Reporting from the American Geophysical Union: Fire Risk Maps, Rocky Mountain Forests, Sierra Nevada Water

Here are three new stories I reported on and wrote at the American Geophysical Union meeting in San Francisco a week ago:

 

Assessing U.S. Fire Risks Using Soil Moisture Satellite Data

Soaring hundreds of kilometers above the Earth, a NASA satellite monitors soil moisture in the ground far below, probing drought conditions. Scientists at NASA Jet Propulsion Laboratory (JPL) analyzed these data and combined them with wildfire information from the U.S. Forest Service and land cover data from the U.S. Geological Survey. They used the results to assess fire risks, taking the first important step toward developing predictive maps for fires throughout the continental United States.

Burning trees and brush in the 2013 Rim Fire, which burned more than 1000 square kilometers in California's Stanislaus National Forest. The Rim Fire was the largest ever recorded for the Sierra Nevada mountain range. (Credit: Mike McMillan, USFS , CC BY-NC 2.0)

Burning trees and brush in the 2013 Rim Fire, which burned more than 1000 square kilometers in California’s Stanislaus National Forest. The Rim Fire was the largest ever recorded for the Sierra Nevada mountain range. (Credit: Mike McMillan, USFS , CC BY-NC 2.0)

The JPL scientists, a team led by Nick Rousseau in NASA’s DEVELOP Applied Sciences Program, find that soil moisture data alone can approximately explain the distribution and extent of fires, from the Sierra Nevada to the western plains to the Florida wetlands. Their results determine how much the dryness of regions indicates fuel available for fires. They reported their findings on Wednesday at the American Geophysical Union Fall Meeting in San Francisco, Calif.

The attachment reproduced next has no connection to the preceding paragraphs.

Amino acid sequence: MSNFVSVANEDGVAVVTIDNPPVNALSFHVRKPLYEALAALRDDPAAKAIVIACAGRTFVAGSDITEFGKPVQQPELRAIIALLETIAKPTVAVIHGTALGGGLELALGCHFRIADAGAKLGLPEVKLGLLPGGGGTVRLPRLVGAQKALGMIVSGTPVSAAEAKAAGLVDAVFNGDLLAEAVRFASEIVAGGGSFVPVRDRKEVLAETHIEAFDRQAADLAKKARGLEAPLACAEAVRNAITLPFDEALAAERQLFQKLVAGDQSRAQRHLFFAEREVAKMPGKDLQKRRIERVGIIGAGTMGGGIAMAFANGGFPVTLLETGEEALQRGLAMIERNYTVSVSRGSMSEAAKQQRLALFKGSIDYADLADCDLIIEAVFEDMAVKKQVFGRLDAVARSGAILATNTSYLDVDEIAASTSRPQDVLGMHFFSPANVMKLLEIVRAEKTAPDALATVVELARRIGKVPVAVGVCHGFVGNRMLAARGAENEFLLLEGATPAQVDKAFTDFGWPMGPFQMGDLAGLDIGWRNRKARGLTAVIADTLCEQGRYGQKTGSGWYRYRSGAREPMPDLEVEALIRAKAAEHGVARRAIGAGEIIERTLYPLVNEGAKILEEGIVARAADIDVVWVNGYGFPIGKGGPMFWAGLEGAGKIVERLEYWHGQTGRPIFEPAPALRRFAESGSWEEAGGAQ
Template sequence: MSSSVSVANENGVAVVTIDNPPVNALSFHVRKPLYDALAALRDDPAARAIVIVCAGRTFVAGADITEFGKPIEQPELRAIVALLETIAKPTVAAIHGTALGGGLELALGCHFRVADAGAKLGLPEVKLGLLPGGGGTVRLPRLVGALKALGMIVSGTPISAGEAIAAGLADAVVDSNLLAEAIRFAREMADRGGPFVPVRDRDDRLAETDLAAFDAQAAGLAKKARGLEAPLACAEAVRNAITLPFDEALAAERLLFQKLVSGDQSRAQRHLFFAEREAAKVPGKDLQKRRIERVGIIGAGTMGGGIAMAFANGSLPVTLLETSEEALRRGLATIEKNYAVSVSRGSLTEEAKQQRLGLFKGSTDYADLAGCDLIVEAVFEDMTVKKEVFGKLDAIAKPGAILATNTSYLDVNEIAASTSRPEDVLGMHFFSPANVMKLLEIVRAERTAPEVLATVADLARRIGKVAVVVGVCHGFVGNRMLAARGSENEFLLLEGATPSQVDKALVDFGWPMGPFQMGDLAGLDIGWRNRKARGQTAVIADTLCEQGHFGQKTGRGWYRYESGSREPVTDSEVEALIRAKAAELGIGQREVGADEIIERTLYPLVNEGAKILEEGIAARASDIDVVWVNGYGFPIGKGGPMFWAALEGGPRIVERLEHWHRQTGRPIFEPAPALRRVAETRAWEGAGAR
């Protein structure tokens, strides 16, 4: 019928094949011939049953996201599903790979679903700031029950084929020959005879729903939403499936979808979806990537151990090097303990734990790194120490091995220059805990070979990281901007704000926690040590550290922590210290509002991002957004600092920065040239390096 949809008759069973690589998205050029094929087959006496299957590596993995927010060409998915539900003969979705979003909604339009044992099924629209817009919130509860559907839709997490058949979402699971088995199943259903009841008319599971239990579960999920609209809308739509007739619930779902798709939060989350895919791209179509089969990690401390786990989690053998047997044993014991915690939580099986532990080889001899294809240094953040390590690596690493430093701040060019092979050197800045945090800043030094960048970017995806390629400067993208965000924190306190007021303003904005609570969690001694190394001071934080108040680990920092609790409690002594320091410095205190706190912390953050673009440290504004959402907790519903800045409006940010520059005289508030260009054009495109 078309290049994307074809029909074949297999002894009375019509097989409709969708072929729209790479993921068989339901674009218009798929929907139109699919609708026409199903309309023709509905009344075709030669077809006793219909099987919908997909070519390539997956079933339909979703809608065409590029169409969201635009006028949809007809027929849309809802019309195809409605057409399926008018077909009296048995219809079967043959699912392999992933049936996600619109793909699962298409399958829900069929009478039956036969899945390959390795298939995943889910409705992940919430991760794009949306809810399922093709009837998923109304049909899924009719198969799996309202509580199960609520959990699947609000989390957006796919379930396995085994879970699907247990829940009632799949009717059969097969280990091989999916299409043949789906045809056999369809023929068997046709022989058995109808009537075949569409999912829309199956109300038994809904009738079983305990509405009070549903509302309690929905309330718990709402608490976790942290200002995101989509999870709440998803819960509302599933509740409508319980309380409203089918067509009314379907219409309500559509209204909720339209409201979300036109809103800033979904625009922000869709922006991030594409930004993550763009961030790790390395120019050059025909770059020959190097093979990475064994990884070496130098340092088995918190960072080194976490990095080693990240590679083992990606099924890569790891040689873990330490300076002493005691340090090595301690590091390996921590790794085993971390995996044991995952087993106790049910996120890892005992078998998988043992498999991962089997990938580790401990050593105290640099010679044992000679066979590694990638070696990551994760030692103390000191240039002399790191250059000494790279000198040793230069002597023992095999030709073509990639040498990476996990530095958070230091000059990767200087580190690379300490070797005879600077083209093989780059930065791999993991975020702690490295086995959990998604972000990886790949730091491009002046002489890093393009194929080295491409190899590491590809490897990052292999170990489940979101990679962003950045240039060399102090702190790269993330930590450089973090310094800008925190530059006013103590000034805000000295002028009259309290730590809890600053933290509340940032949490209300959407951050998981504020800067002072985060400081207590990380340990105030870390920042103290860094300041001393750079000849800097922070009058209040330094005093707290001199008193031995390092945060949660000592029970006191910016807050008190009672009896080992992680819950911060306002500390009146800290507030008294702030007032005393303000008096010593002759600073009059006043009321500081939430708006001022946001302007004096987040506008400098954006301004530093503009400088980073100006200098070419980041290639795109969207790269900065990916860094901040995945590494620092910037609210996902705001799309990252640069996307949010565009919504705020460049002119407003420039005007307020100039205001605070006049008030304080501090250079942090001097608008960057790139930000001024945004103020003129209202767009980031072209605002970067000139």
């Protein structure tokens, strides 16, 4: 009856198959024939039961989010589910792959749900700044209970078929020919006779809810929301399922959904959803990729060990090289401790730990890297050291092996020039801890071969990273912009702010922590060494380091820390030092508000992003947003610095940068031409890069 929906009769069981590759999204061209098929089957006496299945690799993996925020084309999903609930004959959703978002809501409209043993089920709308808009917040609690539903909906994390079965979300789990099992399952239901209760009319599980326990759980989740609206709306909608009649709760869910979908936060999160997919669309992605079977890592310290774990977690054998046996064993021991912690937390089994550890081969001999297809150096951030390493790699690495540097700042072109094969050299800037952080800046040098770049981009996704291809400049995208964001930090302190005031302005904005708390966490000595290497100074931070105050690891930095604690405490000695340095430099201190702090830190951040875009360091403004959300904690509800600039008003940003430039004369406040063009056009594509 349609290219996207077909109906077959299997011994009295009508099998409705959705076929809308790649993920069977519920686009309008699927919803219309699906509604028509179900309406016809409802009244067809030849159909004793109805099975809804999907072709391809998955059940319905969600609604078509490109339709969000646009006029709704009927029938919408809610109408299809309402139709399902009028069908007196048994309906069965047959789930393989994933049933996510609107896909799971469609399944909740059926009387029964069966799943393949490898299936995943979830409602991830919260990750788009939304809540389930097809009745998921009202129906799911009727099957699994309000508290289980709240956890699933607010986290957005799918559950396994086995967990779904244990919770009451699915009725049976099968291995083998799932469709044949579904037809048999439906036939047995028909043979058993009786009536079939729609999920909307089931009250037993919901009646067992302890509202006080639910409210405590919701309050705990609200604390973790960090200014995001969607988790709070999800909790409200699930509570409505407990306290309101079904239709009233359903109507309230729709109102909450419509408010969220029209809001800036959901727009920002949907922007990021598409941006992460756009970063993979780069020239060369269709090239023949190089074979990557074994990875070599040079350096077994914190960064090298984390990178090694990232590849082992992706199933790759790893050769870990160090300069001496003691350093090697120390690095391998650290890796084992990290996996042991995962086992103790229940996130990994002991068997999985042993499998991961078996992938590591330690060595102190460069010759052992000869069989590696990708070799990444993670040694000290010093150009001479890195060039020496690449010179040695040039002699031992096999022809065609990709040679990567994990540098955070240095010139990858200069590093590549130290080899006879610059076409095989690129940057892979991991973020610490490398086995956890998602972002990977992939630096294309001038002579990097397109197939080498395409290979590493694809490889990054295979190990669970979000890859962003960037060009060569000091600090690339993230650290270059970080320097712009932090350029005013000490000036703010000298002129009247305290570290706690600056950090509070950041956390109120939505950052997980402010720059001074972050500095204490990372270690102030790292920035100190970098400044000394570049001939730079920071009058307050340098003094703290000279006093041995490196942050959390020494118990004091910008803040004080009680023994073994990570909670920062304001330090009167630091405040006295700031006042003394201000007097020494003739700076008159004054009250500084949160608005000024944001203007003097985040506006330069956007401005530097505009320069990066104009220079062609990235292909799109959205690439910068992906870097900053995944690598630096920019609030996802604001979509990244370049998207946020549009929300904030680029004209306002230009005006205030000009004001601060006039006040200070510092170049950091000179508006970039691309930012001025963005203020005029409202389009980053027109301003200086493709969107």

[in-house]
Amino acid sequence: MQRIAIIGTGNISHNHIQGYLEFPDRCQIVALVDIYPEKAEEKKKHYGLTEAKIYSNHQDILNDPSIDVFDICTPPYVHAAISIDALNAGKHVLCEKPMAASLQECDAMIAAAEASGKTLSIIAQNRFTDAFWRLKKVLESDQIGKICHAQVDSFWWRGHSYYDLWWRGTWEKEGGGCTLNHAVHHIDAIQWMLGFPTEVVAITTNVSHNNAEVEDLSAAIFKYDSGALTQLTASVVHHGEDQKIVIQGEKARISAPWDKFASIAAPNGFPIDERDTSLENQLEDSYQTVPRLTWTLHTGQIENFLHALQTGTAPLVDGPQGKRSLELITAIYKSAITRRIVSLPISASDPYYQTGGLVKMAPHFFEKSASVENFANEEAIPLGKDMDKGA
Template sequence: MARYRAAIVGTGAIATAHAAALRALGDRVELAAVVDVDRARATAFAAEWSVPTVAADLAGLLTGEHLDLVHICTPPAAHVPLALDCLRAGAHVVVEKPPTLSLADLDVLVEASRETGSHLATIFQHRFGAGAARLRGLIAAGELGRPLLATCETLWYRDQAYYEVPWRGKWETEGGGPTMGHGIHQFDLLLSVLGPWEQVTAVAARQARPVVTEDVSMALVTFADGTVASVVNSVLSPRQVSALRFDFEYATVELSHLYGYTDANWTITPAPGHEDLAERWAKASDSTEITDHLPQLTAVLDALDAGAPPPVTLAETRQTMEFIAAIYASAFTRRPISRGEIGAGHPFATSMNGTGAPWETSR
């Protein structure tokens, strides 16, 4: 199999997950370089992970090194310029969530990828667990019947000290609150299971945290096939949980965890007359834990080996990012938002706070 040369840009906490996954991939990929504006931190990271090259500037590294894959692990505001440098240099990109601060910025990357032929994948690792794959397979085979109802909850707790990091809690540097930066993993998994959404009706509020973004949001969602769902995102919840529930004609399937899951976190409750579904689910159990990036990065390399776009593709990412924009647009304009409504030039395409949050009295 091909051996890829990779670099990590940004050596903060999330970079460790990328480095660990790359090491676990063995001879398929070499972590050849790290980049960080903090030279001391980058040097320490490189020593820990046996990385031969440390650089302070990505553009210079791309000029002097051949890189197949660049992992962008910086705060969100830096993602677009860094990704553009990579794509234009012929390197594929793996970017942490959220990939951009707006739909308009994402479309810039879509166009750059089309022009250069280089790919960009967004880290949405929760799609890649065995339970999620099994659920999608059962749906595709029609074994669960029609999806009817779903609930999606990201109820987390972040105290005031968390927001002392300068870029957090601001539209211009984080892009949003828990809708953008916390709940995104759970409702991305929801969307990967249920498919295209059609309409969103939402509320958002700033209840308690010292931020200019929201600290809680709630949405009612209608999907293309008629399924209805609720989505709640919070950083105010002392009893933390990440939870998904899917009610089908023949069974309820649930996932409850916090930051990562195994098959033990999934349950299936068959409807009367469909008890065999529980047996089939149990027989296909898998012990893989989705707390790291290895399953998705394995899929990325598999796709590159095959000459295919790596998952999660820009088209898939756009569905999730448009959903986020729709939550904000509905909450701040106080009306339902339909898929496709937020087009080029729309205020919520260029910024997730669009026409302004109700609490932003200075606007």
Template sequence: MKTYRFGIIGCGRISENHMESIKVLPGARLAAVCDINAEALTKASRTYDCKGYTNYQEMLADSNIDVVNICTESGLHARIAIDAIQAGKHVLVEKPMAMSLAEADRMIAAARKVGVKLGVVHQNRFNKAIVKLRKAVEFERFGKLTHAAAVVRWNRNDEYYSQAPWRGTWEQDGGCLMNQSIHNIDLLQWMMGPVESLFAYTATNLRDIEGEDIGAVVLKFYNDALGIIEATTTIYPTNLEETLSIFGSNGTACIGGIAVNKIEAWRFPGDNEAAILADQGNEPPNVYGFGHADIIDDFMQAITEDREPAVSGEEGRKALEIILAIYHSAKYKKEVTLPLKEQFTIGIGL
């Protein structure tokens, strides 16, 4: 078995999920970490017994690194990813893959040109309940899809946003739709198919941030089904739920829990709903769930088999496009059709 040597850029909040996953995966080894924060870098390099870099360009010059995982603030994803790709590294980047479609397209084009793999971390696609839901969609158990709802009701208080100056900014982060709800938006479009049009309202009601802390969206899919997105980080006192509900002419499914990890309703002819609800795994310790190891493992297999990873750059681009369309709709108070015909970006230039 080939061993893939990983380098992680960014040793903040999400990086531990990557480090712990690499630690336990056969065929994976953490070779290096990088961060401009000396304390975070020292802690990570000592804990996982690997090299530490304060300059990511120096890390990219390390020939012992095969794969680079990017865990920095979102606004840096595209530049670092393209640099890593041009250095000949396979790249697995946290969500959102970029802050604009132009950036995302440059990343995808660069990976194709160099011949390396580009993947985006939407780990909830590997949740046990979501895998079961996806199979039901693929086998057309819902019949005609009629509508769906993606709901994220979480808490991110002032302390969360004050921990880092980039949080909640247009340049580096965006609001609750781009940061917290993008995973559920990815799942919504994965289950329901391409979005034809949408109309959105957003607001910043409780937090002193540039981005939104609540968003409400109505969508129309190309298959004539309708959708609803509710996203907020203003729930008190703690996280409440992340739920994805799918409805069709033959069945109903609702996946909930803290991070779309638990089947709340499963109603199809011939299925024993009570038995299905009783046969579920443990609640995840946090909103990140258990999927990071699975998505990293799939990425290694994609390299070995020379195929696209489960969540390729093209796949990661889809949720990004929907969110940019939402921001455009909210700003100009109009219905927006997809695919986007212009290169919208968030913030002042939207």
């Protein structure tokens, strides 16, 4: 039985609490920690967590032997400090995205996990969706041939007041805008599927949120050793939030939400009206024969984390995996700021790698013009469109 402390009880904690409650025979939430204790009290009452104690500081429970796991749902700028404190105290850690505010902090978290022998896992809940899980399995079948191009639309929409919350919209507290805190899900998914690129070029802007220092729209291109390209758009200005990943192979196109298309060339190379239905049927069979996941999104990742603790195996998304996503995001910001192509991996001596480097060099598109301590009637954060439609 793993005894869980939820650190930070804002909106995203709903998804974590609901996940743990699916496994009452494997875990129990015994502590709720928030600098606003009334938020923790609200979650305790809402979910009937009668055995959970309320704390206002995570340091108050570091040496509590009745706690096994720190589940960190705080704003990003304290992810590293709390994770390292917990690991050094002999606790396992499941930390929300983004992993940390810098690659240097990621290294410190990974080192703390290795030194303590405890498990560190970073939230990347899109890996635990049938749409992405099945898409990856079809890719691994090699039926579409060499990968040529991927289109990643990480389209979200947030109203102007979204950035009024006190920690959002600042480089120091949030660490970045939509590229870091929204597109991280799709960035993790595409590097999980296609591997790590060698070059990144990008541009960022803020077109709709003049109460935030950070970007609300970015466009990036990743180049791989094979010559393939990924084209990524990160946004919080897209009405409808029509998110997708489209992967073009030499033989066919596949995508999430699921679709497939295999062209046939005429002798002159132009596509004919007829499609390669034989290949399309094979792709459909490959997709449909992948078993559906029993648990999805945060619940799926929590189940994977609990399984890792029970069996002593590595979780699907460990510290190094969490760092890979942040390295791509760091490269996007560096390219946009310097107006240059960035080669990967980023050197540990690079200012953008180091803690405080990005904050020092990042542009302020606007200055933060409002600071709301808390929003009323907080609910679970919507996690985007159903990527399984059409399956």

Every year, wildfire outbreaks cause economic loss, property damage, and environmental degradation. Local, state, and federal agencies want to prepare for fire activity, and knowledge about particularly high risk areas would help them do so. If these new maps could be used to predict wildfire potential, then they would be an invaluable resource.

“This shows how much overall area is likely to burn, which could be a useful tool when Congress allocates resources for fire management,” said Sparkle Malone, a research ecologist at Rocky Mountain Research Station in Fort Collins, Colo., who was not involved in the study.

[For more, check out the entire article in Eos magazine, published on 17 Dec. 2015. Thanks to Peter Weiss and Nancy Mcguire for help with editing it.]

 

Climate change and bark beetles spell doom for Rocky Mountain spruce forests

The combination of climate change and spruce bark beetles could drastically alter Rocky Mountain spruce and pine tree populations over the next three centuries, according to a new study. Using an improved model of forest growth, death, and regeneration, a group of scientists predicts that spruce populations will decline and lodgepole pines will take their place.

Nearly every mature spruce tree has been killed by spruce beetle in this area of the Rio Grande National Forest in southwest Colorado. (Credit: U.S. Forest Service; photo: Brian Howell)